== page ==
The separation of protons and kaons on a track by track basis is difficult. As there are physics topics of great relevance for which a good identification of protons at high momentum is important, a group of several institutions including Mexicans has started to work in a proposal to develop a Cherenkov detector that allows a 3s separation of pions and kaons up to 16 GeV/c and protons from 11 to 30 GeV/c momentum. The Research and Development plans for a VHMPID module has been approved by the collaboration in 2009. After evaluation of its results a decision will be taken on the convenience of integrating more modules to the experiment.

Test of CsI GEM in a Cherenkov counter with arrays of 10x10 cm detectors. In the center one can see the beam impact. The test was conducted by the VHMPID collab, and the analysis by Daniel Mayani, a mexican student.

Diffractive Physics in ALICE


Test of CsI GEM in a Cherenkov counter with arrays of 10x10 cm detectors. In the center one can see the beam impact. The test was conducted by the VHMPID collab, and the analysis by Daniel Mayani, a mexican student.

A proposal to enhance the capabilities of ALICE to address several diffractive physics topics as well as in photon-photon interaction in both proton-proton and ion-ion collisions is being developed. In a first phase, beam shower counters have been placed in the forward direction on both sides of the interaction region.

Improvements to the V0 detector

The V0 system provides trigger signals at the L0 level. As the detector is in a magnetic field environment, fine mesh phototubes have been installed. The PMT however produces after-pulses which, considering the low levels of light collected by detector cell does become an important source of noise. A number of ideas to solve the problem are now being studied.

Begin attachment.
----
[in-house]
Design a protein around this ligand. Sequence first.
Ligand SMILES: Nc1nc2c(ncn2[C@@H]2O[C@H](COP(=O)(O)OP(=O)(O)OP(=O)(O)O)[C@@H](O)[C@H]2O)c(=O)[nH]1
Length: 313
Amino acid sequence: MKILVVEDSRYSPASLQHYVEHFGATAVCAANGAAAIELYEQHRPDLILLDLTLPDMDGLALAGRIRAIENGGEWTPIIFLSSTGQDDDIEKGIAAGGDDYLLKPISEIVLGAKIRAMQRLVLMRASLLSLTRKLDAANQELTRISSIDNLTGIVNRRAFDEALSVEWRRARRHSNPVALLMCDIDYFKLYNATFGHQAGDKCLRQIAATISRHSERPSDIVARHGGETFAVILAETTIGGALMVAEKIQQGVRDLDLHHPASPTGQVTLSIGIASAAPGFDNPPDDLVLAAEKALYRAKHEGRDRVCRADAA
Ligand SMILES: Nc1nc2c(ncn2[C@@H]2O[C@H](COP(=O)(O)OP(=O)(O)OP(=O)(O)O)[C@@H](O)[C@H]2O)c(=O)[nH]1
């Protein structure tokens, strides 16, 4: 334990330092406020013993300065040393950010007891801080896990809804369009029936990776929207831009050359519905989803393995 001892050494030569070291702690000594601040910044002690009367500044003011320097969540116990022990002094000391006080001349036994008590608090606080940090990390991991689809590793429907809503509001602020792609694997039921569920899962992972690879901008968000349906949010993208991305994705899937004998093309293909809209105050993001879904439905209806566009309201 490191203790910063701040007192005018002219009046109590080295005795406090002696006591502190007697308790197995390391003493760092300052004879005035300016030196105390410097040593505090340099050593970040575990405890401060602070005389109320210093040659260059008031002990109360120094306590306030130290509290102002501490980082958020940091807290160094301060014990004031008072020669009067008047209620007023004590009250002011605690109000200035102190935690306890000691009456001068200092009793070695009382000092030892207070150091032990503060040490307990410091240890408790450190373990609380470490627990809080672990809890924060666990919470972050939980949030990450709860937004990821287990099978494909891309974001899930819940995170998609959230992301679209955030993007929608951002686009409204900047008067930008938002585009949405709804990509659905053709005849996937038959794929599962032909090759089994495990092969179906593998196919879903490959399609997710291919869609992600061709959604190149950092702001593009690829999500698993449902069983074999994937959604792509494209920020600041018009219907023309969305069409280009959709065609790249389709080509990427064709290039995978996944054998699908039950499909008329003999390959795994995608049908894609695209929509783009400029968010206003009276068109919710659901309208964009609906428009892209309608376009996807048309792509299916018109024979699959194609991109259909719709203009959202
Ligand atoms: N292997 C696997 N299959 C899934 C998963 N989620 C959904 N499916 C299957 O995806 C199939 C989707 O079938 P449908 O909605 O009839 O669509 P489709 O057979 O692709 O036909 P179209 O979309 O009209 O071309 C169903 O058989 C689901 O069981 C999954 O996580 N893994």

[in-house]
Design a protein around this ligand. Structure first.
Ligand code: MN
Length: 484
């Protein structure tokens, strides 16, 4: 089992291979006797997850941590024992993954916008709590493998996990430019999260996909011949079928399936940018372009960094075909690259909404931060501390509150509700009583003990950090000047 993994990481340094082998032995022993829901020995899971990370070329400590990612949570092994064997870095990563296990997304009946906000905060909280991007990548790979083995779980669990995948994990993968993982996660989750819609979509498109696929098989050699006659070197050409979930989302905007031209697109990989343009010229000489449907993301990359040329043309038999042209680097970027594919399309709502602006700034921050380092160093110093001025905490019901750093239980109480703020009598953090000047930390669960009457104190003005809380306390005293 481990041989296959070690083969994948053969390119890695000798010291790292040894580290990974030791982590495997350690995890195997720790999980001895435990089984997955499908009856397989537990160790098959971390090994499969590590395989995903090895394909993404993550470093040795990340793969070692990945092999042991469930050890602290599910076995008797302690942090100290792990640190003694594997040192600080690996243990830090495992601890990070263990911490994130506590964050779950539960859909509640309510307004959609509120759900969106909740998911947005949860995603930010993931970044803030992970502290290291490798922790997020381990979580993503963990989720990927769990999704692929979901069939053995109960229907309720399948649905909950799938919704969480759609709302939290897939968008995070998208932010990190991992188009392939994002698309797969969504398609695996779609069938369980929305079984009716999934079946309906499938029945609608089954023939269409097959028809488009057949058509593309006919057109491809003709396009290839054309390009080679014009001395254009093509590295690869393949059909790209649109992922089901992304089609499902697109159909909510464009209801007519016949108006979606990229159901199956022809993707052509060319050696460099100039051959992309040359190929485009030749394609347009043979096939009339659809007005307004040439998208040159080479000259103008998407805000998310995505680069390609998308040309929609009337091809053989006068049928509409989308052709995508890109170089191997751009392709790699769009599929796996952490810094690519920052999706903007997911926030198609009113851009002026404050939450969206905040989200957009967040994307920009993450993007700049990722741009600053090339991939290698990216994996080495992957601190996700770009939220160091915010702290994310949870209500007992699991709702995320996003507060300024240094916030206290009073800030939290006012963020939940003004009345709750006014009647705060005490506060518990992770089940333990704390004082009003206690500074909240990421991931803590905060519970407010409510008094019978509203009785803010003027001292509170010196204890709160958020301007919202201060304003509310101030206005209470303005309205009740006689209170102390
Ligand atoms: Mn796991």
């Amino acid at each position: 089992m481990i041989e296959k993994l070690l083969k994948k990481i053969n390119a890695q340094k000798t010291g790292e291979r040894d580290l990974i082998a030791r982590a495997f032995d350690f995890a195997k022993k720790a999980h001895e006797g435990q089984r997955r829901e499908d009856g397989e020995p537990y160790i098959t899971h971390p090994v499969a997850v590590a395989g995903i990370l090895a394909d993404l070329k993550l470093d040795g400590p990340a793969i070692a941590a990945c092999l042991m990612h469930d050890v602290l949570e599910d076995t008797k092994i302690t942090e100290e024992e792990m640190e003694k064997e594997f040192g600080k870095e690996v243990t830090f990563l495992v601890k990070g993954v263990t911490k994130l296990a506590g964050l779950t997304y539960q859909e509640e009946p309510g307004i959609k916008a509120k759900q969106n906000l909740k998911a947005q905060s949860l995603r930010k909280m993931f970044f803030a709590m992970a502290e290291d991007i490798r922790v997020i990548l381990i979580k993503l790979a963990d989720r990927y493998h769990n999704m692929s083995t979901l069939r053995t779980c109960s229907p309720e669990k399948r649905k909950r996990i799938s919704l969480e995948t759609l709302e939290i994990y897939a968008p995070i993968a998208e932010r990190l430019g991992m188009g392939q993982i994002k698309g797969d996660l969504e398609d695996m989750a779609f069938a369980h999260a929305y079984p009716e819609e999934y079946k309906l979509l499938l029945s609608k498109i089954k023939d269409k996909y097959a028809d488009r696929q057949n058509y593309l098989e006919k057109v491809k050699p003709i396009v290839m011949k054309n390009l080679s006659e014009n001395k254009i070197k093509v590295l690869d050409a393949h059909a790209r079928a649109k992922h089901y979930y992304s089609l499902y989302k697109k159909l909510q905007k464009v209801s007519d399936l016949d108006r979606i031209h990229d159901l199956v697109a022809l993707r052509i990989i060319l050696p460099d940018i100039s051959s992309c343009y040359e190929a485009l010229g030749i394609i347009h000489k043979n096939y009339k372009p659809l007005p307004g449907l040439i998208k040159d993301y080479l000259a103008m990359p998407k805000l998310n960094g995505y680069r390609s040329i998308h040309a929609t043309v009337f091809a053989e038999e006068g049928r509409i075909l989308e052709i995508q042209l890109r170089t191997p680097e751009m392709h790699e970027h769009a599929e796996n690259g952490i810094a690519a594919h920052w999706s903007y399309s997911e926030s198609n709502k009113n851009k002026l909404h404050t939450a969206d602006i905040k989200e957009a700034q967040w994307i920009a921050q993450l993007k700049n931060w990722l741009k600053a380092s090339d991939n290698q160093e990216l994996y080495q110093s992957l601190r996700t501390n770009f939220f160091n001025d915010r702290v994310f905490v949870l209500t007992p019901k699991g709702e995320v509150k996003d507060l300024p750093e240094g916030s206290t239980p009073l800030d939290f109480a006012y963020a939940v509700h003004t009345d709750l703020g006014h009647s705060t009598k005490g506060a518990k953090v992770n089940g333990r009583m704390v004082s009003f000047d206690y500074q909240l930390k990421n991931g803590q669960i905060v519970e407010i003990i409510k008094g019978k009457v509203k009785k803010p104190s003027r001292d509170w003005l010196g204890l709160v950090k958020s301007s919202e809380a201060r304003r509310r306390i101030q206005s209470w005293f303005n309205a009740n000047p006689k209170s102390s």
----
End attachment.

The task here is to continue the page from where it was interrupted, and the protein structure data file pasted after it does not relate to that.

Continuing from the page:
• 1. The Mexican Group consists of:

    Benemérita Universidad Autónoma de Puebla (BUAP): I. Cortes, A. Fernández, M. I. Martínez, M. Rodriguez Cahuantzi, G. Tejeda Muñoz, S. Vergara, A. Vargas.

    Centro de Investigación y de Estudios Avanzados (CINVESTAV): V. Canoa Roman, G. Contreras Nuño, L. M. Montaño, Gerardo Herrera Corral

    Instituto de Ciencias Nucleares, UNAM: E. Cuautle, L. Díaz, T. Jiménez Bustamante, D. Madani, A. Ortiz Velásquez, G. Paic, E. Pérez, V. Peskov, X. Sánchez Castro

    Instituto de Física, UNAM: R. Alfaro, E. Almaraz, S. Aguilar, A. Belmont, E. Cruz Alaniz, L. González Trueba, V. Grabski, A. Martinez, A. Menchaca, A. Sandoval.

    Universidad Autónoma de Sinaloa (UAS): I. León Monzón, R. Gómez, P. Podesta.

  • 2. Designed and constructed by the Lyon group, overseen by Jean Yves Grossiord.